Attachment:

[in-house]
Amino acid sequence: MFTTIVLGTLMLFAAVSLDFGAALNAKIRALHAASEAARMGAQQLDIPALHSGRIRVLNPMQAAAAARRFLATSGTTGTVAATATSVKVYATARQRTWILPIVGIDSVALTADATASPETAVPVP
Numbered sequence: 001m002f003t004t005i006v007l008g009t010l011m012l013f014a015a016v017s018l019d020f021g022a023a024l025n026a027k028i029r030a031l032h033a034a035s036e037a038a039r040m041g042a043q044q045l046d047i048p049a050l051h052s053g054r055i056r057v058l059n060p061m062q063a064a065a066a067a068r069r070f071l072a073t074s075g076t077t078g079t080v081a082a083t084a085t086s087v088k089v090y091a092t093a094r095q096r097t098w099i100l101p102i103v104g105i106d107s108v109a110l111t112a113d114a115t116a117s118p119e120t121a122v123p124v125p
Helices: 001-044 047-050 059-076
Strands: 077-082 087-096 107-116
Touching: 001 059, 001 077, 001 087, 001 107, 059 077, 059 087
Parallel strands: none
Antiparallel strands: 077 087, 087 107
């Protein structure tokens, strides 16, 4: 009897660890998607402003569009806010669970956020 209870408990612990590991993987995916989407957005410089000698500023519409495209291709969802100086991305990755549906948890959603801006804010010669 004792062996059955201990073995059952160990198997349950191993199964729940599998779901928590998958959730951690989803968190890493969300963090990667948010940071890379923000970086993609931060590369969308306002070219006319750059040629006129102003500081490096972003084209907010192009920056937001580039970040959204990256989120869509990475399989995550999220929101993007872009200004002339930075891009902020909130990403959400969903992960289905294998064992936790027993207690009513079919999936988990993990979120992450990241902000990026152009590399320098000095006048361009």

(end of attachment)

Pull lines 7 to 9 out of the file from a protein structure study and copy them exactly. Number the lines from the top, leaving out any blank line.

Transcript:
Parallel strands: none
Antiparallel strands: 077 087, 087 107
């Protein structure tokens, strides 16, 4: 009897660890998607402003569009806010669970956020 209870408990612990590991993987995916989407957005410089000698500023519409495209291709969802100086991305990755549906948890959603801006804010010669 004792062996059955201990073995059952160990198997349950191993199964729940599998779901928590998958959730951690989803968190890493969300963090990667948010940071890379923000970086993609931060590369969308306002070219006319750059040629006129102003500081490096972003084209907010192009920056937001580039970040959204990256989120869509990475399989995550999220929101993007872009200004002339930075891009902020909130990403959400969903992960289905294998064992936790027993207690009513079919999936988990993990979120992450990241902000990026152009590399320098000095006048361009």